Monday, July 17, 2017

The Little Hotel

The Little Hotel / Christina Stead, 209 pp.

Some time ago Jonathan Franzen wrote an essay about another Stead novel, The Man Who Loved Children, praising it in the highest possible terms.  Whether he was responsible for renewed interest in Stead, an Australian who did most of her writing outside her homeland, I can't say.  But we currently have several brand-spanking new copies of her novels, just issued by Text Classics, so I thought I'd give one a try.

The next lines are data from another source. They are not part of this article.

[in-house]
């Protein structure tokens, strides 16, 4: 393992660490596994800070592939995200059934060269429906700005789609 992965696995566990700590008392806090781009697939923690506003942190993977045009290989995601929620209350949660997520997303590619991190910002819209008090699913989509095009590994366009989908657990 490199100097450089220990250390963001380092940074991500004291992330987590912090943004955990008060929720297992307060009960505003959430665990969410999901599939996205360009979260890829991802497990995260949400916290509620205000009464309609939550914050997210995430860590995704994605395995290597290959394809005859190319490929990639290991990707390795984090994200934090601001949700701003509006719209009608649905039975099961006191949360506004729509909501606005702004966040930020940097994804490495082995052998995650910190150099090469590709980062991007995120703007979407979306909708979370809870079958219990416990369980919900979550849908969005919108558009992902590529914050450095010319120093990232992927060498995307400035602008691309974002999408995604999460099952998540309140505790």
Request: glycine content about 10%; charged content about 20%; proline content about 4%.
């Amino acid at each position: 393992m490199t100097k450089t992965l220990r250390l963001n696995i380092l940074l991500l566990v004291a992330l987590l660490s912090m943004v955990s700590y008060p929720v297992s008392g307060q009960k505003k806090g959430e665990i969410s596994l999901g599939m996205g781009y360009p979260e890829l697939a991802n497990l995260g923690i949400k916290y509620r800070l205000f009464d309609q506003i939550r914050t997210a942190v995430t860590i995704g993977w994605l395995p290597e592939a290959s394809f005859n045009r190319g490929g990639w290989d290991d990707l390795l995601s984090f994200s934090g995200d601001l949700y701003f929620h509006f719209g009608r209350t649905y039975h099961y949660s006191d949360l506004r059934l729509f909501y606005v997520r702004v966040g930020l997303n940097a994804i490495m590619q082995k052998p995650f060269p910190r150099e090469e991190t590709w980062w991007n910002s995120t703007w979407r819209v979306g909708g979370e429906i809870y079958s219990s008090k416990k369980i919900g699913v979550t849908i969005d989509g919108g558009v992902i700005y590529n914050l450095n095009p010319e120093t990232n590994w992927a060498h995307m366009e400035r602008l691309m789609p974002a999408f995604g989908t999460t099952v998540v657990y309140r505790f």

Set in a '4th-class hotel' on Lake Geneva in the years just after WWII, The Little Hotel is full of Brits, Americans, Belgians, Swiss, and Italians who have washed up for a variety of reasons, nearly all of them having to do with money and the need to hide it in Switzerland.  In between gossiping, fighting, drinking, and insulting the servants, they all plan to leave at any moment, for fear that the Russians will descend and confiscate all of those precious funds.  Every page of this is funny, some of it hilariously so, but the undercurrent of pathos is strong.  I loved every page.

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